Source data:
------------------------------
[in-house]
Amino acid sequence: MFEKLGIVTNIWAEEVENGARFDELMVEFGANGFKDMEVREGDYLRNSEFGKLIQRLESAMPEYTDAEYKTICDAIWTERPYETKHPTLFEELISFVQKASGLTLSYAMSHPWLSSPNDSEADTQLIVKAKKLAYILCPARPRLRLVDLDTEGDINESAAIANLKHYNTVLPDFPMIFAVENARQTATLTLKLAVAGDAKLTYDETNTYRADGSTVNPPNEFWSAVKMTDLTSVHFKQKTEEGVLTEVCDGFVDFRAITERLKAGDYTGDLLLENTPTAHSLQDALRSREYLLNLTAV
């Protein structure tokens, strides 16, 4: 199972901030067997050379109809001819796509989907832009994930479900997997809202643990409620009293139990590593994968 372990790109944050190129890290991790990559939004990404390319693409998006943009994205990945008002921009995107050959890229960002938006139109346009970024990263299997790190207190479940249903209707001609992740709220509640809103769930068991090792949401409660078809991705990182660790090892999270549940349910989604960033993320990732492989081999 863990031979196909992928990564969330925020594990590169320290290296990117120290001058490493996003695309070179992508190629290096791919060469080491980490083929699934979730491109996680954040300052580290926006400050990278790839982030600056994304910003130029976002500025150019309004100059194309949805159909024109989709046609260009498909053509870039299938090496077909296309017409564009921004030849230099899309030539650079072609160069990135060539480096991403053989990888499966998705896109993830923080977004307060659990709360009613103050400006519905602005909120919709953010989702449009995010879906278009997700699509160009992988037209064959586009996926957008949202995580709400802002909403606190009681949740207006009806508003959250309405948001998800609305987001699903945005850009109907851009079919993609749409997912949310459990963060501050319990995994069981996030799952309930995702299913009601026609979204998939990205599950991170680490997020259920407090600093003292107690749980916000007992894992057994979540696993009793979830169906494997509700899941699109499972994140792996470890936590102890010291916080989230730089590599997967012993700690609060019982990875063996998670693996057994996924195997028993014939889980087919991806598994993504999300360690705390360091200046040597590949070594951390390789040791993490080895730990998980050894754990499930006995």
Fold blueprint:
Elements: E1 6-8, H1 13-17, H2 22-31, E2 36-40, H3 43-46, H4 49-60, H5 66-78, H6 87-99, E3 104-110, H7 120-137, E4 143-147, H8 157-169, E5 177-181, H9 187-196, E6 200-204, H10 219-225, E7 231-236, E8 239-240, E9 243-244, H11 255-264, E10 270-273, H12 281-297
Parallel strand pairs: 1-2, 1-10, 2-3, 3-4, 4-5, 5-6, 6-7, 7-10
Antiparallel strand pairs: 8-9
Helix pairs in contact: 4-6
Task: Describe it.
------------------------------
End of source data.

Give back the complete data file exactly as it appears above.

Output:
[in-house]
Amino acid sequence: MFEKLGIVTNIWAEEVENGARFDELMVEFGANGFKDMEVREGDYLRNSEFGKLIQRLESAMPEYTDAEYKTICDAIWTERPYETKHPTLFEELISFVQKASGLTLSYAMSHPWLSSPNDSEADTQLIVKAKKLAYILCPARPRLRLVDLDTEGDINESAAIANLKHYNTVLPDFPMIFAVENARQTATLTLKLAVAGDAKLTYDETNTYRADGSTVNPPNEFWSAVKMTDLTSVHFKQKTEEGVLTEVCDGFVDFRAITERLKAGDYTGDLLLENTPTAHSLQDALRSREYLLNLTAV
């Protein structure tokens, strides 16, 4: 199972901030067997050379109809001819796509989907832009994930479900997997809202643990409620009293139990590593994968 372990790109944050190129890290991790990559939004990404390319693409998006943009994205990945008002921009995107050959890229960002938006139109346009970024990263299997790190207190479940249903209707001609992740709220509640809103769930068991090792949401409660078809991705990182660790090892999270549940349910989604960033993320990732492989081999 863990031979196909992928990564969330925020594990590169320290290296990117120290001058490493996003695309070179992508190629290096791919060469080491980490083929699934979730491109996680954040300052580290926006400050990278790839982030600056994304910003130029976002500025150019309004100059194309949805159909024109989709046609260009498909053509870039299938090496077909296309017409564009921004030849230099899309030539650079072609160069990135060539480096991403053989990888499966998705896109993830923080977004307060659990709360009613103050400006519905602005909120919709953010989702449009995010879906278009997700699509160009992988037209064959586009996926957008949202995580709400802002909403606190009681949740207006009806508003959250309405948001998800609305987001699903945005850009109907851009079919993609749409997912949310459990963060501050319990995994069981996030799952309930995702299913009601026609979204998939990205599950991170680490997020259920407090600093003292107690749980916000007992894992057994979540696993009793979830169906494997509700899941699109499972994140792996470890936590102890010291916080989230730089590599997967012993700690609060019982990875063996998670693996057994996924195997028993014939889980087919991806598994993504999300360690705390360091200046040597590949070594951390390789040791993490080895730990998980050894754990499930006995």
Fold blueprint:
Elements: E1 6-8, H1 13-17, H2 22-31, E2 36-40, H3 43-46, H4 49-60, H5 66-78, H6 87-99, E3 104-110, H7 120-137, E4 143-147, H8 157-169, E5 177-181, H9 187-196, E6 200-204, H10 219-225, E7 231-236, E8 239-240, E9 243-244, H11 255-264, E10 270-273, H12 281-297
Parallel strand pairs: 1-2, 1-10, 2-3, 3-4, 4-5, 5-6, 6-7, 7-10
Antiparallel strand pairs: 8-9
Helix pairs in contact: 4-6
Task: Describe it.